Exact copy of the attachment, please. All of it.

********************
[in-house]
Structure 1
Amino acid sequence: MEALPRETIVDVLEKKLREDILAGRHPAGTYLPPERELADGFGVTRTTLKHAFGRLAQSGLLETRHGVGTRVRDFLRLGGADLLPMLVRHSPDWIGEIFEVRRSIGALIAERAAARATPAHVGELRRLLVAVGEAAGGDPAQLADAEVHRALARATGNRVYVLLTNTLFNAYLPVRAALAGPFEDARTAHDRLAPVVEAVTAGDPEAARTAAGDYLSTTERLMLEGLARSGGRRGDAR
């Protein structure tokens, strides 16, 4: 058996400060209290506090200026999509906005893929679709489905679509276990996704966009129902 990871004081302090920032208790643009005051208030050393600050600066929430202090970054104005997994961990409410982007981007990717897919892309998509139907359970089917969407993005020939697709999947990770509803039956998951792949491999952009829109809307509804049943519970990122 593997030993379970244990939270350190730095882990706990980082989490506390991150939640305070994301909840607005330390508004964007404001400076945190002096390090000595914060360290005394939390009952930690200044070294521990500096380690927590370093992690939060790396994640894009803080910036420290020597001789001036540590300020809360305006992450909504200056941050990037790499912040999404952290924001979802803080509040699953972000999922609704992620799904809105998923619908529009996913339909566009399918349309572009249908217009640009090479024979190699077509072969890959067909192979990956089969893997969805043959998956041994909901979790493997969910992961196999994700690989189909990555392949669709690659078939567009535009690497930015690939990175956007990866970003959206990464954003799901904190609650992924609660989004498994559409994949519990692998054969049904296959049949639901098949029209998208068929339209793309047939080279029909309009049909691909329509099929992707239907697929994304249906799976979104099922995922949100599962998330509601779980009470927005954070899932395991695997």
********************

[in-house]
Structure 1
Amino acid sequence: MEALPRETIVDVLEKKLREDILAGRHPAGTYLPPERELADGFGVTRTTLKHAFGRLAQSGLLETRHGVGTRVRDFLRLGGADLLPMLVRHSPDWIGEIFEVRRSIGALIAERAAARATPAHVGELRRLLVAVGEAAGGDPAQLADAEVHRALARATGNRVYVLLTNTLFNAYLPVRAALAGPFEDARTAHDRLAPVVEAVTAGDPEAARTAAGDYLSTTERLMLEGLARSGGRRGDAR
């Protein structure tokens, strides 16, 4: 058996400060209290506090200026999509906005893929679709489905679509276990996704966009129902 990871004081302090920032208790643009005051208030050393600050600066929430202090970054104005997994961990409410982007981007990717897919892309998509139907359970089917969407993005020939697709999947990770509803039956998951792949491999952009829109809307509804049943519970990122 593997030993379970244990939270350190730095882990706990980082989490506390991150939640305070994301909840607005330390508004964007404001400076945190002096390090000595914060360290005394939390009952930690200044070294521990500096380690927590370093992690939060790396994640894009803080910036420290020597001789001036540590300020809360305006992450909504200056941050990037790499912040999404952290924001979802803080509040699953972000999922609704992620799904809105998923619908529009996913339909566009399918349309572009249908217009640009090479024979190699077509072969890959067909192979990956089969893997969805043959998956041994909901979790493997969910992961196999994700690989189909990555392949669709690659078939567009535009690497930015690939990175956007990866970003959206990464954003799901904190609650992924609660989004498994559409994949519990692998054969049904296959049949639901098949029209998208068929339209793309047939080279029909309009049909691909329509099929992707239907697929994304249906799976979104099922995922949100599962998330509601779980009470927005954070899932395991695997």